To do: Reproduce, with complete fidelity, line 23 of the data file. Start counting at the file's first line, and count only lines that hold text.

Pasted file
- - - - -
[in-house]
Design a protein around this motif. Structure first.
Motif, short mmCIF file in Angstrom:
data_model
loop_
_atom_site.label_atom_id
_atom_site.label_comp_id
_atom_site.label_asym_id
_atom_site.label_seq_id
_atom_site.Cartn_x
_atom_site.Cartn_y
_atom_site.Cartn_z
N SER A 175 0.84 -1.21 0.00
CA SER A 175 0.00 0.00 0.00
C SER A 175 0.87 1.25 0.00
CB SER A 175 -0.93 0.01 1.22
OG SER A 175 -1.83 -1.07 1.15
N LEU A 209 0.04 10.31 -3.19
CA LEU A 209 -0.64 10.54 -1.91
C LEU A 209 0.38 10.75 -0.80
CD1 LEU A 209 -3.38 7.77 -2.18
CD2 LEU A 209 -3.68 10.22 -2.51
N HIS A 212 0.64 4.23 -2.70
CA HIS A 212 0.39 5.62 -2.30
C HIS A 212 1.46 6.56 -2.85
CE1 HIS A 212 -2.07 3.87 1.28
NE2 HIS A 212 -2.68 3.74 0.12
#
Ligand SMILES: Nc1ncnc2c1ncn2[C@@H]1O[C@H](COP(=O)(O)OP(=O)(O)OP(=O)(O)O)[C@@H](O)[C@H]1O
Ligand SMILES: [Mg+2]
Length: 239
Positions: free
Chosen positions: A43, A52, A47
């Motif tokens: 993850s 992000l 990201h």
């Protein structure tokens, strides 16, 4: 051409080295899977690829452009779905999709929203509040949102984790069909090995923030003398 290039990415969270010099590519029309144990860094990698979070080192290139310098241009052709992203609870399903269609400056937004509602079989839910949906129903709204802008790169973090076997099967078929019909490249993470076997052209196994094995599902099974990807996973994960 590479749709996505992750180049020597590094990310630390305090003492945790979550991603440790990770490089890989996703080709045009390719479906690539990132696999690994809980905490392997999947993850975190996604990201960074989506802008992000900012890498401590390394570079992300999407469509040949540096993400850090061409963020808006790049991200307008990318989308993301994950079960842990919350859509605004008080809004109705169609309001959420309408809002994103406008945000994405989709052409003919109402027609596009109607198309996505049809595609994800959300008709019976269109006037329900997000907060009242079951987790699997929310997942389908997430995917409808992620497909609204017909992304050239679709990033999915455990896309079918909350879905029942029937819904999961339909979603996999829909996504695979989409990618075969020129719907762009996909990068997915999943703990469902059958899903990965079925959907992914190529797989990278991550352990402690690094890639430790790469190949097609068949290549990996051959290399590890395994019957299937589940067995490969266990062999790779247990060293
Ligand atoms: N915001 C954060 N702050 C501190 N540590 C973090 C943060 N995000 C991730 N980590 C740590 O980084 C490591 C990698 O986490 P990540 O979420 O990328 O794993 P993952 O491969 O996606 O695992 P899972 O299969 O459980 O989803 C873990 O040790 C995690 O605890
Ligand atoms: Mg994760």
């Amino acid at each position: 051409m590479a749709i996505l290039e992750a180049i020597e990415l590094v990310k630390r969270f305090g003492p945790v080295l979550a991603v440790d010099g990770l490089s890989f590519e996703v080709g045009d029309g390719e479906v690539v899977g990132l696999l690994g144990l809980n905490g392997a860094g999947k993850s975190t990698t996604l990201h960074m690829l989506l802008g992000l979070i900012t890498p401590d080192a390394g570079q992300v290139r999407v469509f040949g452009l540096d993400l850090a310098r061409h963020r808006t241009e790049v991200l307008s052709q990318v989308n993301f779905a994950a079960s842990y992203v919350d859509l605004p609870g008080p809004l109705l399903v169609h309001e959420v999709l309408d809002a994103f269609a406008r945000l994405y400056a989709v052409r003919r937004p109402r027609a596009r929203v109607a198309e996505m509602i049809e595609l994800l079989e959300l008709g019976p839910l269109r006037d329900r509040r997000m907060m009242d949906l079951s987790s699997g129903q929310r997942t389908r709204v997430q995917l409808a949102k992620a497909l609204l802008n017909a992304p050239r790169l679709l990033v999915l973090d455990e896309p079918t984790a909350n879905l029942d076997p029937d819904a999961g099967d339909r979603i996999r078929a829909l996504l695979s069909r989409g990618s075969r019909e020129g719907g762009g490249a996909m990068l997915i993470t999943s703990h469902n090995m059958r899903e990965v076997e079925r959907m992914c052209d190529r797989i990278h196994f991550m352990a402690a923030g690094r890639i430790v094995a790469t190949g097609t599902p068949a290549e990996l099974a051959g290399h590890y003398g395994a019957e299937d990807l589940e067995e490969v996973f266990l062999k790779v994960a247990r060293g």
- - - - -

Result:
N HIS A 212 0.64 4.23 -2.70